HE fought the law - and actually won - on three different occasions..
The remarkable story of William Hone, a satirist who fought against state censorship is told in this witty and intelligent comedy from the pens of Ian Hislop and Nick Newman.
i imagine Hislop, who edits the satirical magazine Private Eye and Hone, who also campaigned for the vote to be extended to the masses and reform to the grim lunatic asylums of the day would have been great friends, kindred spirits, had they lived at the same time.
Who knows, maybe Hone, brought so engagingly and vividly to life by Joseph Prowen, would have been a welcome guest of Hislop on Have I Got News For You.
I really liked the chemistry between Prowen and Peter Losasso as who plays the cartoonist George Cruikshank as he supports our reluctant hero as he battles an establishment determined to shackle his right to free speech.
While this isn’t a play that will have you laughing until your sides ache there are some excellent jokes to enjoy, verbal and visual and usual at the expense of the elite. The future King George IV is given a far from flattering portrait, depicted as a never satisfied hedonist with a raging libido.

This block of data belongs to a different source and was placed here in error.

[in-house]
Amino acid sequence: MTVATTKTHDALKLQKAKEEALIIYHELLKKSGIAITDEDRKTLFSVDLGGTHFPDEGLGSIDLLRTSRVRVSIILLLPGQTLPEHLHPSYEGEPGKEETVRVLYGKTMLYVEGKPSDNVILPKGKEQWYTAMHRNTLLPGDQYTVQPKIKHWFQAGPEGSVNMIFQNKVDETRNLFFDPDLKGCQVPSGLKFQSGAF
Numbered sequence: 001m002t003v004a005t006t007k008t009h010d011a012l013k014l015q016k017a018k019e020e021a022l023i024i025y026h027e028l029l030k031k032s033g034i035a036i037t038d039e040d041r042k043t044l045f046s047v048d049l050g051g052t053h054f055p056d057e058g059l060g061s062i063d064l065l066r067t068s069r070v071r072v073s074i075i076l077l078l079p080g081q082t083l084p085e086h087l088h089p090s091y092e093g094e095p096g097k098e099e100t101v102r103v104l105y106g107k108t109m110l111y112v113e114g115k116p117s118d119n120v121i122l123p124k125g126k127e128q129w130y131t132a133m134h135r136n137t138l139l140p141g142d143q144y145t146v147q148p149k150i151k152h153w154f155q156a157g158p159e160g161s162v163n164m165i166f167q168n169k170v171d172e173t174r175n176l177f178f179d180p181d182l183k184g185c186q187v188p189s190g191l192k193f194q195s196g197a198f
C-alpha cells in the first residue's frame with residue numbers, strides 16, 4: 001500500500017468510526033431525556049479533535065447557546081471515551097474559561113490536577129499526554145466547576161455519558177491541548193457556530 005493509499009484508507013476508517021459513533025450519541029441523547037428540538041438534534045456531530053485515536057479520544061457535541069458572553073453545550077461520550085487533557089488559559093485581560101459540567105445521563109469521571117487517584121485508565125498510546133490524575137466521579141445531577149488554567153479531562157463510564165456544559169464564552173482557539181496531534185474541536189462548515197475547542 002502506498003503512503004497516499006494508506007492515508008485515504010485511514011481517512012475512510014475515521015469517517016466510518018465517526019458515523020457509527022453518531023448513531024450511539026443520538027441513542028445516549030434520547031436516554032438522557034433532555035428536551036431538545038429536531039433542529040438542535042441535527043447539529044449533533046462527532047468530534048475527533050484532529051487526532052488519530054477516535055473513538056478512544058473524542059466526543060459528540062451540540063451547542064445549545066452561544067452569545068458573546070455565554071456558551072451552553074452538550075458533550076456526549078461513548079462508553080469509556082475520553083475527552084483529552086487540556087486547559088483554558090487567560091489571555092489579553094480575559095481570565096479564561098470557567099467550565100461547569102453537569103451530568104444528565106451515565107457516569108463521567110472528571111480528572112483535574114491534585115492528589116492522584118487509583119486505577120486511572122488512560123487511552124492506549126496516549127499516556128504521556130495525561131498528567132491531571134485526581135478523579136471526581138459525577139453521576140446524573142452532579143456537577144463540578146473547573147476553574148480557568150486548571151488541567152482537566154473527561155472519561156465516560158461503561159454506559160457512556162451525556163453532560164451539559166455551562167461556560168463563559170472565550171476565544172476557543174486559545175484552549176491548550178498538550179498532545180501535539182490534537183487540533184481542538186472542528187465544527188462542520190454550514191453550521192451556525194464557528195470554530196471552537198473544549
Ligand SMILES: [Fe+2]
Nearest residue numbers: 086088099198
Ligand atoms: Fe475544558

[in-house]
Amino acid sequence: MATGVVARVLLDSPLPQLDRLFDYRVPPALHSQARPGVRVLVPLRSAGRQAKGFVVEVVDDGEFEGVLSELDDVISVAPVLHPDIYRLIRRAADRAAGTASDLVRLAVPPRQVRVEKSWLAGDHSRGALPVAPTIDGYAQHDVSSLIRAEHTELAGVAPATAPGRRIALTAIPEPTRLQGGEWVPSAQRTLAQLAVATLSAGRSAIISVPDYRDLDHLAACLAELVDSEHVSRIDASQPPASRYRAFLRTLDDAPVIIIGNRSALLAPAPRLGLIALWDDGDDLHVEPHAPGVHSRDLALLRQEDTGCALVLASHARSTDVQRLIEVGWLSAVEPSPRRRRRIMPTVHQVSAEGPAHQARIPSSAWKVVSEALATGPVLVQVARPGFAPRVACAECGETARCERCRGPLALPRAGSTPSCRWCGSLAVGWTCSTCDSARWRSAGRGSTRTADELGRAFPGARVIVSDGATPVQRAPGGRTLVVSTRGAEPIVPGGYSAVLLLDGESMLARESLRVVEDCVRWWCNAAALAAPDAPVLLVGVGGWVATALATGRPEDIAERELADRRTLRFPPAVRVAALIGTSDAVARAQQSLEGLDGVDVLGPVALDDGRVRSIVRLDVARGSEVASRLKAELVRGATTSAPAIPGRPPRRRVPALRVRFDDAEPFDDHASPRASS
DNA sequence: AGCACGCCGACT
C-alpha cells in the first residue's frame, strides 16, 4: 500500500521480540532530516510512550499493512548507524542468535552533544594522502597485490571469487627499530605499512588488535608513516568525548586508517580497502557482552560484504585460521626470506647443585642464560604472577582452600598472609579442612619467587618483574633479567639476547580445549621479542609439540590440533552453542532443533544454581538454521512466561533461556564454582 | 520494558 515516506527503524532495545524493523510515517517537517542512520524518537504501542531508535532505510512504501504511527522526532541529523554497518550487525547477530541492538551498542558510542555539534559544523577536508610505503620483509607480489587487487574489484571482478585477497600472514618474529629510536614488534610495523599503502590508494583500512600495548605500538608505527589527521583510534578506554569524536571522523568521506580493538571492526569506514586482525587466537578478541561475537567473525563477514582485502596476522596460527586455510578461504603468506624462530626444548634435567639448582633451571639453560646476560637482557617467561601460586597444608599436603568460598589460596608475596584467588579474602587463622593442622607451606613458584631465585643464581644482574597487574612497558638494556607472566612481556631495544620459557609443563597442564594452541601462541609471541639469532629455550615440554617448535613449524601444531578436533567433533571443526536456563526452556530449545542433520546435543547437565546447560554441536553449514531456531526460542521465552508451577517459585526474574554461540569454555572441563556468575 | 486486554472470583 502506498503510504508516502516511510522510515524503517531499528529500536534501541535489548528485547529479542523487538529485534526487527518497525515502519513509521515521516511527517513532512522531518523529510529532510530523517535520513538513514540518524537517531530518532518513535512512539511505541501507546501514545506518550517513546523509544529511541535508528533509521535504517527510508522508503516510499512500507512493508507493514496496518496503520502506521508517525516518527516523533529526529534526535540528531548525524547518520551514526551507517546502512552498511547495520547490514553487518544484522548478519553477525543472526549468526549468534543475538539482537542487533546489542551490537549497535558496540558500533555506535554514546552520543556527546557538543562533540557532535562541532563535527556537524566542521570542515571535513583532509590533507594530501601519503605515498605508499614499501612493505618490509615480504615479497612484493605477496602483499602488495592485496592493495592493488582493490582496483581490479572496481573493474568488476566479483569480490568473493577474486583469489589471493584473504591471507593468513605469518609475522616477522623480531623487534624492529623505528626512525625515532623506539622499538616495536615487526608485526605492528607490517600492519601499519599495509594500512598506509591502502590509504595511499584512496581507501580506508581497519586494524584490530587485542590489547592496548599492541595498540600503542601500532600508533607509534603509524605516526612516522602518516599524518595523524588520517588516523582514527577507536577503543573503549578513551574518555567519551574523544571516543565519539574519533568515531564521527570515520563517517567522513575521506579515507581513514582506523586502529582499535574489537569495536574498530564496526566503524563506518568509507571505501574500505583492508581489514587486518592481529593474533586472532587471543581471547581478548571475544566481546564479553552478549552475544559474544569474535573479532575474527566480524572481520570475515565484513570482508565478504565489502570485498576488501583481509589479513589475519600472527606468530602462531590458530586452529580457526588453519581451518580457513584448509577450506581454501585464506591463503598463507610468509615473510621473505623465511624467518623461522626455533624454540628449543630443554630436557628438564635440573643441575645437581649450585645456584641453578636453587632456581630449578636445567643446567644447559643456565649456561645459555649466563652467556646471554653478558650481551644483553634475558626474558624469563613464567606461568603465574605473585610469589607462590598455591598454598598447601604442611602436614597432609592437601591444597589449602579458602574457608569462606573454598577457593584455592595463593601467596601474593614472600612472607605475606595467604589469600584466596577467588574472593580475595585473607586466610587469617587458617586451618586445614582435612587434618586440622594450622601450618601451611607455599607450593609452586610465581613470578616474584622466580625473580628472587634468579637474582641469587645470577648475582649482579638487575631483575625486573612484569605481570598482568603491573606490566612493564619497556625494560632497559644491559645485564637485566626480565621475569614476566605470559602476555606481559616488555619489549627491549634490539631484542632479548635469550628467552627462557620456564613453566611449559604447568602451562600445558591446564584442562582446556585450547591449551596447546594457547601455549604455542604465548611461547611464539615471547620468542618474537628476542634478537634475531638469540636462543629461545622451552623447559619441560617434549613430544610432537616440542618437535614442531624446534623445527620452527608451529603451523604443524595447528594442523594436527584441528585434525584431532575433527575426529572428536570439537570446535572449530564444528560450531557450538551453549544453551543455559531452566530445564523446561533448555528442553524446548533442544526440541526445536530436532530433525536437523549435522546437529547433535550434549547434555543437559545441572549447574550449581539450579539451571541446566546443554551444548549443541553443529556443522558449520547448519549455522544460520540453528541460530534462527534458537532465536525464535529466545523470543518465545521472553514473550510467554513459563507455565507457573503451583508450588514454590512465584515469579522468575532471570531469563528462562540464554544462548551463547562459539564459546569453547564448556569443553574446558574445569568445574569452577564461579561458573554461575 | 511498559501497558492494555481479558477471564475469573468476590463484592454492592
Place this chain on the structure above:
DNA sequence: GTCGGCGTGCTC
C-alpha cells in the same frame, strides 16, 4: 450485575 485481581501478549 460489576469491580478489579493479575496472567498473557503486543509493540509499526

Lampooning the establishment has always been a favourite sport of mine and boy, is it done well here.
There were times Trial By Laughter looked a little lost on the big stage of the Lyric Theatre. But some top quality writing and a cast who make it their mission to entertain made me quickly overlook this.
Watching this play made me realise just how much we owe people like William Hone, a ma whose story I’d never heard before.
An education and a right good laugh in parts. Recommended.
Until February 2. The box office is on 0843 208 6000. Star rating - ***